And I think Anthony touched on it on two things. We created two industry alliances focused purely on the power industry. One was the E4S Alliance, which we started in Europe—everybody’s a member of it—which is focused on digitalization of secondary substations because they are also at the edge of the grid. That’s where the customers and utilities engage with each other. And then we came to North America where we saw a bigger challenge in primary substations, and we created a vPAC Alliance, which is focused on virtualization of automation and control in the substations.

Then it goes back to what—and Russell mentioned to build that scalable, standardized infrastructure—and once we do that, then we can land the applications on the top of it. Today’s applications and the applications which we have not thought about yet! But the infrastructure is there now, and then things can be added as we go. So that has been the vision of Intel: to bring everybody together, accelerate the adoption of the technology, and deliver the benefits to the utilities and their customers.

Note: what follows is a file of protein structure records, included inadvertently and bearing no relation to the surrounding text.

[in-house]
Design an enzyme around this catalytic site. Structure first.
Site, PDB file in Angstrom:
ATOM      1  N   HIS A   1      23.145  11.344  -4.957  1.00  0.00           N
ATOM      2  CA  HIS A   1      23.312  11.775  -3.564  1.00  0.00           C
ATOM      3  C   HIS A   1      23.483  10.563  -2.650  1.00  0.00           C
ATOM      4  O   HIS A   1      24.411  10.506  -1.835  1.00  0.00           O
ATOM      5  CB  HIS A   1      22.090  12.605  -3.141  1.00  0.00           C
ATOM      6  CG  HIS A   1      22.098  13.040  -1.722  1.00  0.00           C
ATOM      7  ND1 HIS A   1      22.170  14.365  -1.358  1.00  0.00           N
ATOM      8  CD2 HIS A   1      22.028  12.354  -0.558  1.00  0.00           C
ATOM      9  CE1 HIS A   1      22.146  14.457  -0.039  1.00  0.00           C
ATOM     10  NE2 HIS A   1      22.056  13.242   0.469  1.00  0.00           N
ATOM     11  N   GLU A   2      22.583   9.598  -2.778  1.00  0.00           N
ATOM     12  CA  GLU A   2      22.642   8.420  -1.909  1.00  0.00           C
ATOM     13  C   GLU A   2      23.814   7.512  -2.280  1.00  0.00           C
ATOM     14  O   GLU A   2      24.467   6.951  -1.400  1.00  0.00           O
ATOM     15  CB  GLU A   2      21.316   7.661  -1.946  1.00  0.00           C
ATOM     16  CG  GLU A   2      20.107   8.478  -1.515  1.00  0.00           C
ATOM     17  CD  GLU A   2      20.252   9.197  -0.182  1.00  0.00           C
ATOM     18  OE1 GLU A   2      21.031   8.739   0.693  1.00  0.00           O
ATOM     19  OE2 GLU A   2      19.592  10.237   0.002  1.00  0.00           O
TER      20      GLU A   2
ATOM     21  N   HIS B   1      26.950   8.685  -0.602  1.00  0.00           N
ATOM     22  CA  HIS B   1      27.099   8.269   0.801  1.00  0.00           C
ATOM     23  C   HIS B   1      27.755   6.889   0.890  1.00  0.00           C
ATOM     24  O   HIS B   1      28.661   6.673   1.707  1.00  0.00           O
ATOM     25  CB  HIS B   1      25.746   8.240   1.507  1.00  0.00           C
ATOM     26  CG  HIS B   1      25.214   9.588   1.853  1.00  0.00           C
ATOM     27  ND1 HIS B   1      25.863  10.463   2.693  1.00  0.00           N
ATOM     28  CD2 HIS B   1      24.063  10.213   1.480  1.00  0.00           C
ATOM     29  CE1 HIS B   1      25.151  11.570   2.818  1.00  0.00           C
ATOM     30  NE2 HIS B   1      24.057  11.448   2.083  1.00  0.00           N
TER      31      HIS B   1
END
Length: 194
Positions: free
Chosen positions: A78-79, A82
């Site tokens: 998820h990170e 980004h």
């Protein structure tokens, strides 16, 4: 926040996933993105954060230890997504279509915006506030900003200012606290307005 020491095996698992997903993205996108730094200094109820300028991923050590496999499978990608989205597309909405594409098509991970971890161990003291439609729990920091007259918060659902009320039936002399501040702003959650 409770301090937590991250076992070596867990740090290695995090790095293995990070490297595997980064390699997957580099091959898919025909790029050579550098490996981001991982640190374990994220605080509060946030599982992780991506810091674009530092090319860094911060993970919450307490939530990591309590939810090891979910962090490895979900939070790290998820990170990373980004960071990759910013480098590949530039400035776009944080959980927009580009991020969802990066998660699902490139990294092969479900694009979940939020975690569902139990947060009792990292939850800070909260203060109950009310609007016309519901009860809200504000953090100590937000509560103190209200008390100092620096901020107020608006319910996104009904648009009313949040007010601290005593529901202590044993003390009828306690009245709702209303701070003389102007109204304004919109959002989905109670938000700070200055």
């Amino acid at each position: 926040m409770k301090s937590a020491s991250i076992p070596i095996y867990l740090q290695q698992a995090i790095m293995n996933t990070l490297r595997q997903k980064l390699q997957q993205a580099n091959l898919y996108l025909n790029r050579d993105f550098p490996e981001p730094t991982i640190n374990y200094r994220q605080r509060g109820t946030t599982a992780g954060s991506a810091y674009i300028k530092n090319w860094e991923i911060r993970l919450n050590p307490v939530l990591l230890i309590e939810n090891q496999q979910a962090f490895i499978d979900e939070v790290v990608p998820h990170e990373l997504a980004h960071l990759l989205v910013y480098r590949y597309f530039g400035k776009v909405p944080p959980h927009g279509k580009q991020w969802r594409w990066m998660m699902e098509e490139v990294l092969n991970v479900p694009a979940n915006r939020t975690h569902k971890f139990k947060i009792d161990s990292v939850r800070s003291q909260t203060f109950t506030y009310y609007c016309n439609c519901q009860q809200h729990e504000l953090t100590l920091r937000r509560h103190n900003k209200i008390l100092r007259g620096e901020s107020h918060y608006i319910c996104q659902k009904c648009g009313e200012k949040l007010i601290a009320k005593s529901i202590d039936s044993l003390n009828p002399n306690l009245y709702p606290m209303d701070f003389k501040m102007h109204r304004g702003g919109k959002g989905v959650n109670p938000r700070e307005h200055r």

Christina Cardoza: So, one thing I’m curious about in hearing all of this is we’ve talked a lot about new and emerging technologies in this conversation, as well as just new partnerships happening, and I’m curious—to really make these coalitions or collaborations work, it seems that everybody needs to be speaking the same language. And I know that can be difficult at times, when you have a number of different standards or technologies that everybody is working on.

So, Jani, I’m wondering if you can talk a little bit about how the importance of industry standards, the work or the standards out there, and really making sure that everybody is on the same page to making these big efforts successful.

Jani Valtari: I would say, first of all, we need to have a common vision, which we now have. What we want to see happening in terms of grid modernization, we need to have a lot of customers on board, and the customer actually is the first—first partner to say what they want to achieve, but how to bring to the—go to the direction that the solution is scalable and can be widely used in different places.